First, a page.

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The Physiotherapy Competency Examination (PCE):
An Overview for Examiners

The Physiotherapy Competency Examination (PCE) tests whether qualified exam candidates have demonstrated a minimum standard of practice. The PCE ensures that members of the public will be safe when they interact with physiotherapists. It fairly and accurately evaluates the competencies candidates need to have to practise physiotherapy. Most physiotherapy regulators in Canada include passing the PCE as part of their entry-to-practice process.

The PCE tests the essential competencies of physiotherapy practice – the essential knowledge, skills and abilities. It tests history-taking, physical examination, data interpretation, clinical problem solving, treatment techniques, ethics, safety, interviewing and communication. The exam covers the core clinical practice areas: neuromusculoskeletal, neurological, cardiopulmonary-vascular and multisystem.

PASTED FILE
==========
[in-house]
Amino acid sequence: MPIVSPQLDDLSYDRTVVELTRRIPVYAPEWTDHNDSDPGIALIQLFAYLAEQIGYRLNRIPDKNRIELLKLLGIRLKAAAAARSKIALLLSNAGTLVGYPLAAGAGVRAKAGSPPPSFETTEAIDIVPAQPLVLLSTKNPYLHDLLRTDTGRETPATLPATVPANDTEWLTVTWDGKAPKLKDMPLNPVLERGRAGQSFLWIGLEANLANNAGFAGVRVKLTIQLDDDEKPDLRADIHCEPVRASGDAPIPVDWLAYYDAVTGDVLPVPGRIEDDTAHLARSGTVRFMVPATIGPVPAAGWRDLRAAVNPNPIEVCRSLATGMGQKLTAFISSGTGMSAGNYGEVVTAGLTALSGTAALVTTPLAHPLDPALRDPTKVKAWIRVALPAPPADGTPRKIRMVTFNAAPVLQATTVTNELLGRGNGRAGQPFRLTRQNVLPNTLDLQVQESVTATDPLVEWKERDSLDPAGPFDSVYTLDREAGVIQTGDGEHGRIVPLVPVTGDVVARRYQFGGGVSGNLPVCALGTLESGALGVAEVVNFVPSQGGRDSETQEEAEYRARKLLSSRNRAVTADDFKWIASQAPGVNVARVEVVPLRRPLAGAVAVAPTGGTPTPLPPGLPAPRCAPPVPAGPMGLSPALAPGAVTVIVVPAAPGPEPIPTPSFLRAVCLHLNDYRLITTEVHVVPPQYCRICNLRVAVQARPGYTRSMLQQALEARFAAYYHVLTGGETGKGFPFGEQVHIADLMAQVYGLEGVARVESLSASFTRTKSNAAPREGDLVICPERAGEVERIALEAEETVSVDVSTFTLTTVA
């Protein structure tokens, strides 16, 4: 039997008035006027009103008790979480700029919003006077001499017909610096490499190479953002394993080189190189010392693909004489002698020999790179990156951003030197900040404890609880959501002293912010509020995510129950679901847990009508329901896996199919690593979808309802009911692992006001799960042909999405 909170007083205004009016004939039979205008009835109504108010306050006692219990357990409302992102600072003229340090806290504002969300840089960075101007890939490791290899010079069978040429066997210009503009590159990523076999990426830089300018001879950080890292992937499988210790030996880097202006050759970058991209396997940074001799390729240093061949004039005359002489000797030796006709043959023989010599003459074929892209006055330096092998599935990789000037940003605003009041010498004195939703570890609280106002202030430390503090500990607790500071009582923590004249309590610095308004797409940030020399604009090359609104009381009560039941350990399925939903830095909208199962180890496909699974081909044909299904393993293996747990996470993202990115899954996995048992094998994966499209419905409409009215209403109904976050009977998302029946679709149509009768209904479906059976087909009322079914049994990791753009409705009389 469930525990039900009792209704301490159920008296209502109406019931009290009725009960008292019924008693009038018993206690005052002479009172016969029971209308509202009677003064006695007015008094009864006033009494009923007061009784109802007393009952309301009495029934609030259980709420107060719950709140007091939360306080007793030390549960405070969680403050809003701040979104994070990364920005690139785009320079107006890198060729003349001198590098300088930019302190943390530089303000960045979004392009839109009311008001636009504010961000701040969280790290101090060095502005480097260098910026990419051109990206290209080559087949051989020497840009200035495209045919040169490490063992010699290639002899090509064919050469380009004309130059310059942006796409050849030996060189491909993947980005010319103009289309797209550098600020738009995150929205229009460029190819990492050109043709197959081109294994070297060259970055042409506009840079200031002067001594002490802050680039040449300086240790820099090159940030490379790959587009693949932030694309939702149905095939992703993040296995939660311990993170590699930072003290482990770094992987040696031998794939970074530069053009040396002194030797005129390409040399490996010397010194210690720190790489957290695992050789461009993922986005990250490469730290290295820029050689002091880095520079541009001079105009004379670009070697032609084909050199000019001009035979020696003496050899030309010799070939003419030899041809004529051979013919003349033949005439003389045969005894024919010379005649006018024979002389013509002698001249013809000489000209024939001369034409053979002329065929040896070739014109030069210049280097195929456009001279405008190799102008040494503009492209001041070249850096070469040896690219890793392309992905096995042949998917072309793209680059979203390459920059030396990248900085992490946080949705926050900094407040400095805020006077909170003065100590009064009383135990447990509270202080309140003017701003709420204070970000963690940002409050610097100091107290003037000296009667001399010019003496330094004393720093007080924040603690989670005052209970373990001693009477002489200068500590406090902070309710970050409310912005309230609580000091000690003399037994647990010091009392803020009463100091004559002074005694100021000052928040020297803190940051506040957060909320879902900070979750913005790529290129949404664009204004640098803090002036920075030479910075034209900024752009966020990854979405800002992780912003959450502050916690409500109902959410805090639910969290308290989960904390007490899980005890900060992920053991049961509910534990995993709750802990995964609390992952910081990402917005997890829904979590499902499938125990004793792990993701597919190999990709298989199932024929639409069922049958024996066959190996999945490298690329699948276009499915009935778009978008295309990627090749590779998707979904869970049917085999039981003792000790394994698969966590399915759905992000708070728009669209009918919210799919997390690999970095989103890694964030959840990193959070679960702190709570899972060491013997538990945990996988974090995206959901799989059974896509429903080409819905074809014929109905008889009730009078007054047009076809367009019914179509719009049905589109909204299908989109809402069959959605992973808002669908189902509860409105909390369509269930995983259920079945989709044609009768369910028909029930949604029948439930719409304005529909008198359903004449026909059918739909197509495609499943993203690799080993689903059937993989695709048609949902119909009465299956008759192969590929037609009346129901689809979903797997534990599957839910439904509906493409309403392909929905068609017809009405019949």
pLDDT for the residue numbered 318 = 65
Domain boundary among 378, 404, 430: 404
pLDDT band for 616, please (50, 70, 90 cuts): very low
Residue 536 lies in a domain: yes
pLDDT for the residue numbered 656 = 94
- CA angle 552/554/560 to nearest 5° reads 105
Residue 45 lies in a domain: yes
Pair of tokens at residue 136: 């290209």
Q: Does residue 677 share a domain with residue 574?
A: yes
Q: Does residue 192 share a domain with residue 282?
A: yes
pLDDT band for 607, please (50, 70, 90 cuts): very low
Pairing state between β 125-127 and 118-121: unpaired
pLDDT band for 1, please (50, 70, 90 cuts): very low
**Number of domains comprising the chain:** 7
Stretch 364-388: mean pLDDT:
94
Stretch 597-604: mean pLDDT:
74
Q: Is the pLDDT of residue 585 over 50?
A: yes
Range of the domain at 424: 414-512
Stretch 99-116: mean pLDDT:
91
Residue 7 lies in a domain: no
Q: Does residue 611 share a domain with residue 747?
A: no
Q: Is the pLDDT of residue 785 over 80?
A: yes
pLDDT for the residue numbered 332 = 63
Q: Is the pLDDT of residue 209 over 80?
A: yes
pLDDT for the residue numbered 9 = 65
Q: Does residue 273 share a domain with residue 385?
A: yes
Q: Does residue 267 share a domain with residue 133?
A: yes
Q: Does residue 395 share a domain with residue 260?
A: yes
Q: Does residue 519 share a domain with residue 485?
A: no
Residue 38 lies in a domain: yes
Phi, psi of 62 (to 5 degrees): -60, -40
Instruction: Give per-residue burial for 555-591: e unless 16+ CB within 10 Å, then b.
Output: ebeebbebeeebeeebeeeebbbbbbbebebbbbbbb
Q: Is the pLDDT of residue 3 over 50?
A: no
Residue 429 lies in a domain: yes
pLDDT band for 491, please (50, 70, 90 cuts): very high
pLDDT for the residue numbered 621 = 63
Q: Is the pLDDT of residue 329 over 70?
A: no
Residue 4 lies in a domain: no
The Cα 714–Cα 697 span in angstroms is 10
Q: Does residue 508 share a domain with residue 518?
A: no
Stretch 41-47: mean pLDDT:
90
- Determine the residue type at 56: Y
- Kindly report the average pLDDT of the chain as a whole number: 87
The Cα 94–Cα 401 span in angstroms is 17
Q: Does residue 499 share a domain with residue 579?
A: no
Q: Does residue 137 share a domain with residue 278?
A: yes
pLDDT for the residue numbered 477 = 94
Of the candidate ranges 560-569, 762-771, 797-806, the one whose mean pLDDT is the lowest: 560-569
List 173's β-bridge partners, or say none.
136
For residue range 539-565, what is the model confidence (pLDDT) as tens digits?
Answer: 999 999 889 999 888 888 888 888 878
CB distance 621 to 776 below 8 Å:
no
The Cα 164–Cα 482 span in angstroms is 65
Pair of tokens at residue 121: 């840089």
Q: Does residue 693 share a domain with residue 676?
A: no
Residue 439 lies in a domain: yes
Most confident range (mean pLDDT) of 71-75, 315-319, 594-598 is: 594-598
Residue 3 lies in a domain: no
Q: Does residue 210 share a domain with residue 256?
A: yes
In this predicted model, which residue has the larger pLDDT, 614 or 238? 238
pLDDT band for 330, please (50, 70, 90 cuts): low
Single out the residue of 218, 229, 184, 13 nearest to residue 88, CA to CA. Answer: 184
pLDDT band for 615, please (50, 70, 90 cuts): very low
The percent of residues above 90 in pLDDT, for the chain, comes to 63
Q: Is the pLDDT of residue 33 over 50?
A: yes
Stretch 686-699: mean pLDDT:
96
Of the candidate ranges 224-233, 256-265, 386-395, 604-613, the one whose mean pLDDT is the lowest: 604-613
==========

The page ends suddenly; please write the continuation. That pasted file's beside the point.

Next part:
Physiotherapists work as examiners for the Clinical Component of the Physiotherapy Competency Examination. The Chief Examiner at the site selects the examiners for each station, from a list of examiners who have applied and are eligible to examine.

Examiners observe the performance of the candidates in clinical stations, record their observations on standardized test sheets and make decisions about whether the performance is satisfactory or unsatisfactory.

Some examiners mark written station answer sheets. They compare candidates’ written answers to the answer key, record the marks and indicate whether the answers are adequate or inadequate. The written station marking takes place at a centralized location a week after the clinical exam.

Examiners do not decide whether a candidate passes or fails a station or the exam. The Board of Examiners makes the pass/fail decisions.